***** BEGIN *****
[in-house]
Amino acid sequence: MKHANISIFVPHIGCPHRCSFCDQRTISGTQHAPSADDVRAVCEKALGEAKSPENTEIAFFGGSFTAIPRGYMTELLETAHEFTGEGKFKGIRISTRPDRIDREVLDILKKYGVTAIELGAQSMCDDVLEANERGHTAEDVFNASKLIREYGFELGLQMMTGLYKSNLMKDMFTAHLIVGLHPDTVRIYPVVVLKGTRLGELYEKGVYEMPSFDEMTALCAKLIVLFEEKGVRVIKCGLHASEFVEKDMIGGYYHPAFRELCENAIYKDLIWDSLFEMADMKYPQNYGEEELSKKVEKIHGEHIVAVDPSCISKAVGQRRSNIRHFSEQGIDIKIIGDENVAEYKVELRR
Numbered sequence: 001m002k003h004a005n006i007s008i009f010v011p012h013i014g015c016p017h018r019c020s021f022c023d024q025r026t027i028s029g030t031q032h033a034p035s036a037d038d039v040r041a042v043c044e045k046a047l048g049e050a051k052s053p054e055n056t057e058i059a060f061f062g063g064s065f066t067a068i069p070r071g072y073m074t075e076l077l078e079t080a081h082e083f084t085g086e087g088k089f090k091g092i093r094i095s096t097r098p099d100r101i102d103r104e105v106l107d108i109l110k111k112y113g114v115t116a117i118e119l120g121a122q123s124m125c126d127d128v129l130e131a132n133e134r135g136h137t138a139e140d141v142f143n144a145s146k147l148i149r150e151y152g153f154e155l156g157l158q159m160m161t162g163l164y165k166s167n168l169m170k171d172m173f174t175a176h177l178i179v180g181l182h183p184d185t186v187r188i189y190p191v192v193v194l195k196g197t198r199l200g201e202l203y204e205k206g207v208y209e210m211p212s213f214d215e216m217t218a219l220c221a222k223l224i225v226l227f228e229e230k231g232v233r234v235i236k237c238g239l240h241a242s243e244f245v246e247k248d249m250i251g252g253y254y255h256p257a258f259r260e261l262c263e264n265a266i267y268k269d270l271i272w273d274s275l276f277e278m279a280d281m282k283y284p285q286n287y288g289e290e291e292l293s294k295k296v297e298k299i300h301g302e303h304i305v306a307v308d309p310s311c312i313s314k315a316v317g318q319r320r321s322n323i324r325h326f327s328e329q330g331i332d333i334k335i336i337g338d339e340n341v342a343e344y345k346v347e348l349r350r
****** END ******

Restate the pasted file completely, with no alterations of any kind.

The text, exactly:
[in-house]
Amino acid sequence: MKHANISIFVPHIGCPHRCSFCDQRTISGTQHAPSADDVRAVCEKALGEAKSPENTEIAFFGGSFTAIPRGYMTELLETAHEFTGEGKFKGIRISTRPDRIDREVLDILKKYGVTAIELGAQSMCDDVLEANERGHTAEDVFNASKLIREYGFELGLQMMTGLYKSNLMKDMFTAHLIVGLHPDTVRIYPVVVLKGTRLGELYEKGVYEMPSFDEMTALCAKLIVLFEEKGVRVIKCGLHASEFVEKDMIGGYYHPAFRELCENAIYKDLIWDSLFEMADMKYPQNYGEEELSKKVEKIHGEHIVAVDPSCISKAVGQRRSNIRHFSEQGIDIKIIGDENVAEYKVELRR
Numbered sequence: 001m002k003h004a005n006i007s008i009f010v011p012h013i014g015c016p017h018r019c020s021f022c023d024q025r026t027i028s029g030t031q032h033a034p035s036a037d038d039v040r041a042v043c044e045k046a047l048g049e050a051k052s053p054e055n056t057e058i059a060f061f062g063g064s065f066t067a068i069p070r071g072y073m074t075e076l077l078e079t080a081h082e083f084t085g086e087g088k089f090k091g092i093r094i095s096t097r098p099d100r101i102d103r104e105v106l107d108i109l110k111k112y113g114v115t116a117i118e119l120g121a122q123s124m125c126d127d128v129l130e131a132n133e134r135g136h137t138a139e140d141v142f143n144a145s146k147l148i149r150e151y152g153f154e155l156g157l158q159m160m161t162g163l164y165k166s167n168l169m170k171d172m173f174t175a176h177l178i179v180g181l182h183p184d185t186v187r188i189y190p191v192v193v194l195k196g197t198r199l200g201e202l203y204e205k206g207v208y209e210m211p212s213f214d215e216m217t218a219l220c221a222k223l224i225v226l227f228e229e230k231g232v233r234v235i236k237c238g239l240h241a242s243e244f245v246e247k248d249m250i251g252g253y254y255h256p257a258f259r260e261l262c263e264n265a266i267y268k269d270l271i272w273d274s275l276f277e278m279a280d281m282k283y284p285q286n287y288g289e290e291e292l293s294k295k296v297e298k299i300h301g302e303h304i305v306a307v308d309p310s311c312i313s314k315a316v317g318q319r320r321s322n323i324r325h326f327s328e329q330g331i332d333i334k335i336i337g338d339e340n341v342a343e344y345k346v347e348l349r350r